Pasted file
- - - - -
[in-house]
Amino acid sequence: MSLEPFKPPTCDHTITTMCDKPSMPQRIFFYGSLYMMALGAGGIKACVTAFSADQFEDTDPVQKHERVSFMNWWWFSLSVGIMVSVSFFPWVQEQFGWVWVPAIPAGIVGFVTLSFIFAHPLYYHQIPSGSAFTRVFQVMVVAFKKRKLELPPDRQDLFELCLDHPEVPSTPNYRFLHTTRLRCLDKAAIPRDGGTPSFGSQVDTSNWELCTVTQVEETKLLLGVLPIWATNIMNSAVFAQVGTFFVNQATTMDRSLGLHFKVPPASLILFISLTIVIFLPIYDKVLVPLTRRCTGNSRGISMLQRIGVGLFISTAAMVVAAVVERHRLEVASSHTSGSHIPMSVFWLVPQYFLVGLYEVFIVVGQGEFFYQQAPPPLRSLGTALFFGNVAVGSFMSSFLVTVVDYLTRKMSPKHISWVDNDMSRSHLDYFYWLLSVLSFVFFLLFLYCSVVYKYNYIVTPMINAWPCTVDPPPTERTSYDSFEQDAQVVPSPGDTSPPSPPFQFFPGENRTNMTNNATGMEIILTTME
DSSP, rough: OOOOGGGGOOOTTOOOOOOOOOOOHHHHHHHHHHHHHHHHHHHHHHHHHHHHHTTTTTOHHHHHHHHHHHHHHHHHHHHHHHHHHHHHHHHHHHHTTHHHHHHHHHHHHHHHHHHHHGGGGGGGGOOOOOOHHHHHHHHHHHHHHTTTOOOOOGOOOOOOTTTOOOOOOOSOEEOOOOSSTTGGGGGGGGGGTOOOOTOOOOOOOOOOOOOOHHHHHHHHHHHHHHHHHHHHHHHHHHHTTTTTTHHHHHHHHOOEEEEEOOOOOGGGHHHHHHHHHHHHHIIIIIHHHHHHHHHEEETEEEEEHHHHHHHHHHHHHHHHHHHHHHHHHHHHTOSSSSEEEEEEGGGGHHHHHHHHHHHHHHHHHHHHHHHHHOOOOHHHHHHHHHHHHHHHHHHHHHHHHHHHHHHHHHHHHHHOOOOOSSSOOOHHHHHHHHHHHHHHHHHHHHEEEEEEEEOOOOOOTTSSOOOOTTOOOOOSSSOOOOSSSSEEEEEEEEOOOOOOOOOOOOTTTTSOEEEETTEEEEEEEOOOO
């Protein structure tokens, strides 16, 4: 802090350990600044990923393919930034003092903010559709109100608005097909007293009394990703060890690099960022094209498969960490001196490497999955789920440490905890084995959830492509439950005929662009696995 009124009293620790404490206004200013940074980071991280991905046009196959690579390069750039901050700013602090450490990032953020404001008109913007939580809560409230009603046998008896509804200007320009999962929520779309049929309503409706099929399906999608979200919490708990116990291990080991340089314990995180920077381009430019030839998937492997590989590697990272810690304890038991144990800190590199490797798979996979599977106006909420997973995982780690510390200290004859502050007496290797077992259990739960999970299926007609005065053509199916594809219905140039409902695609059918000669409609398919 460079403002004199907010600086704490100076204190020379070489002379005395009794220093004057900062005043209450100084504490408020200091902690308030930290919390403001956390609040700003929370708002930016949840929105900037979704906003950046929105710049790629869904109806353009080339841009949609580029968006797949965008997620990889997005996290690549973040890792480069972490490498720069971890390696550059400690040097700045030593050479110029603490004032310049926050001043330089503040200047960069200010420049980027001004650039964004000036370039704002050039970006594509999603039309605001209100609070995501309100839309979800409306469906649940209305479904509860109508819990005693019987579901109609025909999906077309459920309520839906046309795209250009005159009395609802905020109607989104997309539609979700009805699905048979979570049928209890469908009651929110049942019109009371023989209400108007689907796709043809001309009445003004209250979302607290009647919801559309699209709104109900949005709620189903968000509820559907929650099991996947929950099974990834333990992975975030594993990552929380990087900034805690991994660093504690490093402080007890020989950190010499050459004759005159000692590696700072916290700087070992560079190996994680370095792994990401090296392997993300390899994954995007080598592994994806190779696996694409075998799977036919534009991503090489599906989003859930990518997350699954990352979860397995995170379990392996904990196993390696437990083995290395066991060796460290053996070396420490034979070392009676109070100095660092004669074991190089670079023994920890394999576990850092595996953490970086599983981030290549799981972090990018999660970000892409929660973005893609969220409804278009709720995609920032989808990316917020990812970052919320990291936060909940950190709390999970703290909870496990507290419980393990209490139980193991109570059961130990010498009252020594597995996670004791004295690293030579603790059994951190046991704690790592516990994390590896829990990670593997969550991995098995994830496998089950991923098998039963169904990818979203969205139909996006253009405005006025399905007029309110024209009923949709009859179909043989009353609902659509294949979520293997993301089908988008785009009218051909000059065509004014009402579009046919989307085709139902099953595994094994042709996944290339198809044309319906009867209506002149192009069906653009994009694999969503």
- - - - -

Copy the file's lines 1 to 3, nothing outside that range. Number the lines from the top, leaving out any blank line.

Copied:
[in-house]
Amino acid sequence: MSLEPFKPPTCDHTITTMCDKPSMPQRIFFYGSLYMMALGAGGIKACVTAFSADQFEDTDPVQKHERVSFMNWWWFSLSVGIMVSVSFFPWVQEQFGWVWVPAIPAGIVGFVTLSFIFAHPLYYHQIPSGSAFTRVFQVMVVAFKKRKLELPPDRQDLFELCLDHPEVPSTPNYRFLHTTRLRCLDKAAIPRDGGTPSFGSQVDTSNWELCTVTQVEETKLLLGVLPIWATNIMNSAVFAQVGTFFVNQATTMDRSLGLHFKVPPASLILFISLTIVIFLPIYDKVLVPLTRRCTGNSRGISMLQRIGVGLFISTAAMVVAAVVERHRLEVASSHTSGSHIPMSVFWLVPQYFLVGLYEVFIVVGQGEFFYQQAPPPLRSLGTALFFGNVAVGSFMSSFLVTVVDYLTRKMSPKHISWVDNDMSRSHLDYFYWLLSVLSFVFFLLFLYCSVVYKYNYIVTPMINAWPCTVDPPPTERTSYDSFEQDAQVVPSPGDTSPPSPPFQFFPGENRTNMTNNATGMEIILTTME
DSSP, rough: OOOOGGGGOOOTTOOOOOOOOOOOHHHHHHHHHHHHHHHHHHHHHHHHHHHHHTTTTTOHHHHHHHHHHHHHHHHHHHHHHHHHHHHHHHHHHHHTTHHHHHHHHHHHHHHHHHHHHGGGGGGGGOOOOOOHHHHHHHHHHHHHHTTTOOOOOGOOOOOOTTTOOOOOOOSOEEOOOOSSTTGGGGGGGGGGTOOOOTOOOOOOOOOOOOOOHHHHHHHHHHHHHHHHHHHHHHHHHHHTTTTTTHHHHHHHHOOEEEEEOOOOOGGGHHHHHHHHHHHHHIIIIIHHHHHHHHHEEETEEEEEHHHHHHHHHHHHHHHHHHHHHHHHHHHHTOSSSSEEEEEEGGGGHHHHHHHHHHHHHHHHHHHHHHHHHOOOOHHHHHHHHHHHHHHHHHHHHHHHHHHHHHHHHHHHHHHOOOOOSSSOOOHHHHHHHHHHHHHHHHHHHHEEEEEEEEOOOOOOTTSSOOOOTTOOOOOSSSOOOOSSSSEEEEEEEEOOOOOOOOOOOOTTTTSOEEEETTEEEEEEEOOOO